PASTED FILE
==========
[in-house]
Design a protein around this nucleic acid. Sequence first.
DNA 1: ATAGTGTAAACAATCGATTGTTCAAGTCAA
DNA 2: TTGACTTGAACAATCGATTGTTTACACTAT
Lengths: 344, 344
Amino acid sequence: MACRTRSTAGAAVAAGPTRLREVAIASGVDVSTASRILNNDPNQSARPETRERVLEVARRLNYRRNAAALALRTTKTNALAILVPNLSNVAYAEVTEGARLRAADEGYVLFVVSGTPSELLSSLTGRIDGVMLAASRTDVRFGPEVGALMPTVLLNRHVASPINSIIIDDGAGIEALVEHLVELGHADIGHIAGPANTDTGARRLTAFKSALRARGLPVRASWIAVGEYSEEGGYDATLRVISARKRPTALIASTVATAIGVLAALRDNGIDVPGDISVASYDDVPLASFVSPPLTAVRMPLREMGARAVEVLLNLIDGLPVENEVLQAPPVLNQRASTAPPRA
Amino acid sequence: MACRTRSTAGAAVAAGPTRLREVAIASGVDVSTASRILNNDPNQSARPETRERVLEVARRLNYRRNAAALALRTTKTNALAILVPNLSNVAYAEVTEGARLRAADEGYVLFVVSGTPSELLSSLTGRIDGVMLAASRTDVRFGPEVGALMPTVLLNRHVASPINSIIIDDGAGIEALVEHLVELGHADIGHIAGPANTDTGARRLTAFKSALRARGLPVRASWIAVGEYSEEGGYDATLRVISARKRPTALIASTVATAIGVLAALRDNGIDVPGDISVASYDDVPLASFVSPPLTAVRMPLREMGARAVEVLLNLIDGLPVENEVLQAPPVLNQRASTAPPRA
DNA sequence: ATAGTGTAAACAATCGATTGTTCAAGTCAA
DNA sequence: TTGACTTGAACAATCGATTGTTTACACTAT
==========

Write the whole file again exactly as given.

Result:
[in-house]
Design a protein around this nucleic acid. Sequence first.
DNA 1: ATAGTGTAAACAATCGATTGTTCAAGTCAA
DNA 2: TTGACTTGAACAATCGATTGTTTACACTAT
Lengths: 344, 344
Amino acid sequence: MACRTRSTAGAAVAAGPTRLREVAIASGVDVSTASRILNNDPNQSARPETRERVLEVARRLNYRRNAAALALRTTKTNALAILVPNLSNVAYAEVTEGARLRAADEGYVLFVVSGTPSELLSSLTGRIDGVMLAASRTDVRFGPEVGALMPTVLLNRHVASPINSIIIDDGAGIEALVEHLVELGHADIGHIAGPANTDTGARRLTAFKSALRARGLPVRASWIAVGEYSEEGGYDATLRVISARKRPTALIASTVATAIGVLAALRDNGIDVPGDISVASYDDVPLASFVSPPLTAVRMPLREMGARAVEVLLNLIDGLPVENEVLQAPPVLNQRASTAPPRA
Amino acid sequence: MACRTRSTAGAAVAAGPTRLREVAIASGVDVSTASRILNNDPNQSARPETRERVLEVARRLNYRRNAAALALRTTKTNALAILVPNLSNVAYAEVTEGARLRAADEGYVLFVVSGTPSELLSSLTGRIDGVMLAASRTDVRFGPEVGALMPTVLLNRHVASPINSIIIDDGAGIEALVEHLVELGHADIGHIAGPANTDTGARRLTAFKSALRARGLPVRASWIAVGEYSEEGGYDATLRVISARKRPTALIASTVATAIGVLAALRDNGIDVPGDISVASYDDVPLASFVSPPLTAVRMPLREMGARAVEVLLNLIDGLPVENEVLQAPPVLNQRASTAPPRA
DNA sequence: ATAGTGTAAACAATCGATTGTTCAAGTCAA
DNA sequence: TTGACTTGAACAATCGATTGTTTACACTAT